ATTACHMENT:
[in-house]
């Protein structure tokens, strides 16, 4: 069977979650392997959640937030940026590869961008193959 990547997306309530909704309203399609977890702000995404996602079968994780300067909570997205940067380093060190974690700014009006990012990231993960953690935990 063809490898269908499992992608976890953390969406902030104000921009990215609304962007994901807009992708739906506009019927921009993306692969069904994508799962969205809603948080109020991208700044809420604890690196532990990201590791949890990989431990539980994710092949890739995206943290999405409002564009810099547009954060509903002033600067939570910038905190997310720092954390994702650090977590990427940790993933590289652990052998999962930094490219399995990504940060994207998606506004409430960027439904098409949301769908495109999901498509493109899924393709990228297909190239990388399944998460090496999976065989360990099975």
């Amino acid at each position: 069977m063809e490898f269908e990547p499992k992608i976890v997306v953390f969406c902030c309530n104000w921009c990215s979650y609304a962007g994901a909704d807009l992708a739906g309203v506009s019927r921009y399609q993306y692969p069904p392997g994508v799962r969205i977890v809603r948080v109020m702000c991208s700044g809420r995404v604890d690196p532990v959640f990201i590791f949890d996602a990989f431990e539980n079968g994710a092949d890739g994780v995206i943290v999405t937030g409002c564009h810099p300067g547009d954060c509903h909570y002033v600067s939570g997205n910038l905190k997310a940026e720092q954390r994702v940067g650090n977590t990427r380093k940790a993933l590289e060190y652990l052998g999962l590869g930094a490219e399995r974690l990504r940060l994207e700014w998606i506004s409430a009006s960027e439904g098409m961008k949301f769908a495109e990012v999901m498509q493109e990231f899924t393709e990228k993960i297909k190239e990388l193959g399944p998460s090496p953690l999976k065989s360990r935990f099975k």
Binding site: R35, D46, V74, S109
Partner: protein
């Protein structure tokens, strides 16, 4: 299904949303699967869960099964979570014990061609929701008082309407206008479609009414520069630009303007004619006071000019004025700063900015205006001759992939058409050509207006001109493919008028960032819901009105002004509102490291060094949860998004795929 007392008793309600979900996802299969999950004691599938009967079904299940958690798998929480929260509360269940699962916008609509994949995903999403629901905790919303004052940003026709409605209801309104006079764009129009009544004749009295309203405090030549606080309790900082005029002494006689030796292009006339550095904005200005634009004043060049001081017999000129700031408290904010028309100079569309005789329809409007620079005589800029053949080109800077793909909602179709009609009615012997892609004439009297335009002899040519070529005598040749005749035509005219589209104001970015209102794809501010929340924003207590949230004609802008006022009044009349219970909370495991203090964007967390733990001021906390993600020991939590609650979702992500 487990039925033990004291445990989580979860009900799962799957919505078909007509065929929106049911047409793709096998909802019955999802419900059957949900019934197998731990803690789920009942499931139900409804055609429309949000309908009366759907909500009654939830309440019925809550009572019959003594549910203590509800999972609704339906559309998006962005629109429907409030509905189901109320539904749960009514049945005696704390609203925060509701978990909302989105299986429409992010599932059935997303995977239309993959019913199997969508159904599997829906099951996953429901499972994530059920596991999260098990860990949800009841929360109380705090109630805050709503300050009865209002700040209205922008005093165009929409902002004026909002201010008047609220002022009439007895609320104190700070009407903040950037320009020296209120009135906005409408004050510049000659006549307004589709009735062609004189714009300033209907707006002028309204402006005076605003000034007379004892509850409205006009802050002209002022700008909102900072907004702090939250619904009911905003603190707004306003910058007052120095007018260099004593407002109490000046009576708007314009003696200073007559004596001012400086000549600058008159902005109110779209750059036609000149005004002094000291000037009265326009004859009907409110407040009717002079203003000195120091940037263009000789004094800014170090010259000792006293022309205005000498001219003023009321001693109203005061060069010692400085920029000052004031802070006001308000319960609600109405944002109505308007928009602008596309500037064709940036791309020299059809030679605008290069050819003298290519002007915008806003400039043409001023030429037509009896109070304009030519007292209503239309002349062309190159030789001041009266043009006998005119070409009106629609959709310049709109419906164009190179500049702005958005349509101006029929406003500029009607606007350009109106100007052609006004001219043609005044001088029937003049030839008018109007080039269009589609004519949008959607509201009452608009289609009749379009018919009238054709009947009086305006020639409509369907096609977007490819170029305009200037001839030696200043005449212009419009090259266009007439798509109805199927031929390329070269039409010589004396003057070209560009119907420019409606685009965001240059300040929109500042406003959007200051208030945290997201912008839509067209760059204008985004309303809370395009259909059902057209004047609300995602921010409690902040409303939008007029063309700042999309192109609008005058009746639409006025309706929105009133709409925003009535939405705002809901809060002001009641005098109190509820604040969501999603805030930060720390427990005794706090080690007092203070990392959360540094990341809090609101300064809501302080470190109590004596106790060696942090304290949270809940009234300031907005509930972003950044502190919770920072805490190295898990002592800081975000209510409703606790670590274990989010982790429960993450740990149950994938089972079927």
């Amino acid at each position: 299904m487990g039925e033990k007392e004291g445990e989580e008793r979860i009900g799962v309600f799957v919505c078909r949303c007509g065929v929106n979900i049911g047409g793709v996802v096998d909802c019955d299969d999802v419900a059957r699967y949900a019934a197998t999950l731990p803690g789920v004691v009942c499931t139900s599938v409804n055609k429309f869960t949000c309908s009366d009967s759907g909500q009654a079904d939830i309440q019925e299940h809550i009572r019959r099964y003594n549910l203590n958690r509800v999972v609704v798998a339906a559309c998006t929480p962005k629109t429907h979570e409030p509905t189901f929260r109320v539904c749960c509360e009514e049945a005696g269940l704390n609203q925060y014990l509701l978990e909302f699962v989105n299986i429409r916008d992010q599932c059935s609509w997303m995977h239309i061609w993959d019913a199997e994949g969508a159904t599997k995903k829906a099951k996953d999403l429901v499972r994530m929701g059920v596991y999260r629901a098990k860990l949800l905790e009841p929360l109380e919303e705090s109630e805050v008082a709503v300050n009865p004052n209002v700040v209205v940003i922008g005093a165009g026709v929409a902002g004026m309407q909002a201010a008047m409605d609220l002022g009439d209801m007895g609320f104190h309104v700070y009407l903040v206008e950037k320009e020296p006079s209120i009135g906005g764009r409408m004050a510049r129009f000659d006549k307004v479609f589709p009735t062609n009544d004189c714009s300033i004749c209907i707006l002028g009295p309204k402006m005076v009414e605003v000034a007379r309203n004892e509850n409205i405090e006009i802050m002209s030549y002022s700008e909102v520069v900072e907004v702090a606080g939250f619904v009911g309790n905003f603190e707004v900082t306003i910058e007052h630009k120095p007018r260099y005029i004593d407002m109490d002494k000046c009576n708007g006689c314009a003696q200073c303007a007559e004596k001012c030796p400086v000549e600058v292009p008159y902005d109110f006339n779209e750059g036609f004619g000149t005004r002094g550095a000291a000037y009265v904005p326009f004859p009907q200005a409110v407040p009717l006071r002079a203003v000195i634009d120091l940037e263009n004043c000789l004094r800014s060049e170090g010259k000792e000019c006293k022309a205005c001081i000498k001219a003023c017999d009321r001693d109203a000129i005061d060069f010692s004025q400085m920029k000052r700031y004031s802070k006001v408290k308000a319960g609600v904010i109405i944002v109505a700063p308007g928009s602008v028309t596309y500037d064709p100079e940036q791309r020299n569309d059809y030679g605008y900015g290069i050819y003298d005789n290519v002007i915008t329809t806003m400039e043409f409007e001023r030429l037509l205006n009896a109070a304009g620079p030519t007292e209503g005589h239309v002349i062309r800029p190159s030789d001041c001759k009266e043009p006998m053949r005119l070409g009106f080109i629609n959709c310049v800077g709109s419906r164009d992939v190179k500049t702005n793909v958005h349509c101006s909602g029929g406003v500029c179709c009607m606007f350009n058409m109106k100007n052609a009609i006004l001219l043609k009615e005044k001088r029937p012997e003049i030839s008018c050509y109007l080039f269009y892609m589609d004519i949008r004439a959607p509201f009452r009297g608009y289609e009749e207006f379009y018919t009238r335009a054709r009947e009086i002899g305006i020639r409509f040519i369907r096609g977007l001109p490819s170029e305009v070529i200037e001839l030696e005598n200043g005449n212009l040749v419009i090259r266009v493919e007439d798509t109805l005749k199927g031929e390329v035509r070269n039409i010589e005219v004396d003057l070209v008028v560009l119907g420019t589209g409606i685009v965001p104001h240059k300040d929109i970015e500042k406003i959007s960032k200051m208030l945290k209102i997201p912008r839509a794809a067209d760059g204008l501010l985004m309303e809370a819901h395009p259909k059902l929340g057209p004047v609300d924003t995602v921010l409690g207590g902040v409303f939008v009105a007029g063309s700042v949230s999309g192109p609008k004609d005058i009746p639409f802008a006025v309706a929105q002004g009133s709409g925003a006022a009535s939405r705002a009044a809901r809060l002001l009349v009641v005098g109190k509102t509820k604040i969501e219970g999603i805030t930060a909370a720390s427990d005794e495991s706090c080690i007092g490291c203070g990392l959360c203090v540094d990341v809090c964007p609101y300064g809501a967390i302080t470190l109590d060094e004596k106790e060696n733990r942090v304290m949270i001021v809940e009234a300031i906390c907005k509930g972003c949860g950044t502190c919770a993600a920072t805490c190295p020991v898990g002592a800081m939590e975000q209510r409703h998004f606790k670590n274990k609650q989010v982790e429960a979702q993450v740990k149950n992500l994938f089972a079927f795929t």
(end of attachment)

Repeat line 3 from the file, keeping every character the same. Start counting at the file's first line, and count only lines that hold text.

């Amino acid at each position: 069977m063809e490898f269908e990547p499992k992608i976890v997306v953390f969406c902030c309530n104000w921009c990215s979650y609304a962007g994901a909704d807009l992708a739906g309203v506009s019927r921009y399609q993306y692969p069904p392997g994508v799962r969205i977890v809603r948080v109020m702000c991208s700044g809420r995404v604890d690196p532990v959640f990201i590791f949890d996602a990989f431990e539980n079968g994710a092949d890739g994780v995206i943290v999405t937030g409002c564009h810099p300067g547009d954060c509903h909570y002033v600067s939570g997205n910038l905190k997310a940026e720092q954390r994702v940067g650090n977590t990427r380093k940790a993933l590289e060190y652990l052998g999962l590869g930094a490219e399995r974690l990504r940060l994207e700014w998606i506004s409430a009006s960027e439904g098409m961008k949301f769908a495109e990012v999901m498509q493109e990231f899924t393709e990228k993960i297909k190239e990388l193959g399944p998460s090496p953690l999976k065989s360990r935990f099975k």